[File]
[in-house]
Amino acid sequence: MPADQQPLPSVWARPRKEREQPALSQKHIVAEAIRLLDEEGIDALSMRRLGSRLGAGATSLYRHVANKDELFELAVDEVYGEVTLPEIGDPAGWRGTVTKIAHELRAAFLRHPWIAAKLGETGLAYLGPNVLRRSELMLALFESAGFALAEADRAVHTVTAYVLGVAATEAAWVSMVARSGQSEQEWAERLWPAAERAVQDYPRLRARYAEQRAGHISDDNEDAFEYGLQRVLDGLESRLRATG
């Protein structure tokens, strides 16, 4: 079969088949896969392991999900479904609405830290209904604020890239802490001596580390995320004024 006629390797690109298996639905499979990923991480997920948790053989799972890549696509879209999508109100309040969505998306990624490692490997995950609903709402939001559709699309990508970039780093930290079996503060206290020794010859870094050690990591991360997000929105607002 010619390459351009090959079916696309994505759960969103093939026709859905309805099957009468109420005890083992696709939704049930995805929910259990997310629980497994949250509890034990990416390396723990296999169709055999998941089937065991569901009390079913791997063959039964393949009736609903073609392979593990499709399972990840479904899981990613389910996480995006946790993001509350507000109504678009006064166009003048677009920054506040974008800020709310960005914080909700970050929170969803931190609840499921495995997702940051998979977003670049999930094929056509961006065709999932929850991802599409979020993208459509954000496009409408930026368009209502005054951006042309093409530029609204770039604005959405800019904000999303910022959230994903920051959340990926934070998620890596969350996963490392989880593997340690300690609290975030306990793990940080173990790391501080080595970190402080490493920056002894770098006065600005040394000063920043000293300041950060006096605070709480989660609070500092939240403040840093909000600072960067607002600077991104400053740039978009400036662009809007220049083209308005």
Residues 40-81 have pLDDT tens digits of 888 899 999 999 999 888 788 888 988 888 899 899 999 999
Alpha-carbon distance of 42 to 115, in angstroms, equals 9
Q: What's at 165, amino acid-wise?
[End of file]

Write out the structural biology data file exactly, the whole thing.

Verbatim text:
[in-house]
Amino acid sequence: MPADQQPLPSVWARPRKEREQPALSQKHIVAEAIRLLDEEGIDALSMRRLGSRLGAGATSLYRHVANKDELFELAVDEVYGEVTLPEIGDPAGWRGTVTKIAHELRAAFLRHPWIAAKLGETGLAYLGPNVLRRSELMLALFESAGFALAEADRAVHTVTAYVLGVAATEAAWVSMVARSGQSEQEWAERLWPAAERAVQDYPRLRARYAEQRAGHISDDNEDAFEYGLQRVLDGLESRLRATG
């Protein structure tokens, strides 16, 4: 079969088949896969392991999900479904609405830290209904604020890239802490001596580390995320004024 006629390797690109298996639905499979990923991480997920948790053989799972890549696509879209999508109100309040969505998306990624490692490997995950609903709402939001559709699309990508970039780093930290079996503060206290020794010859870094050690990591991360997000929105607002 010619390459351009090959079916696309994505759960969103093939026709859905309805099957009468109420005890083992696709939704049930995805929910259990997310629980497994949250509890034990990416390396723990296999169709055999998941089937065991569901009390079913791997063959039964393949009736609903073609392979593990499709399972990840479904899981990613389910996480995006946790993001509350507000109504678009006064166009003048677009920054506040974008800020709310960005914080909700970050929170969803931190609840499921495995997702940051998979977003670049999930094929056509961006065709999932929850991802599409979020993208459509954000496009409408930026368009209502005054951006042309093409530029609204770039604005959405800019904000999303910022959230994903920051959340990926934070998620890596969350996963490392989880593997340690300690609290975030306990793990940080173990790391501080080595970190402080490493920056002894770098006065600005040394000063920043000293300041950060006096605070709480989660609070500092939240403040840093909000600072960067607002600077991104400053740039978009400036662009809007220049083209308005």
Residues 40-81 have pLDDT tens digits of 888 899 999 999 999 888 788 888 988 888 899 899 999 999
Alpha-carbon distance of 42 to 115, in angstroms, equals 9
Q: What's at 165, amino acid-wise?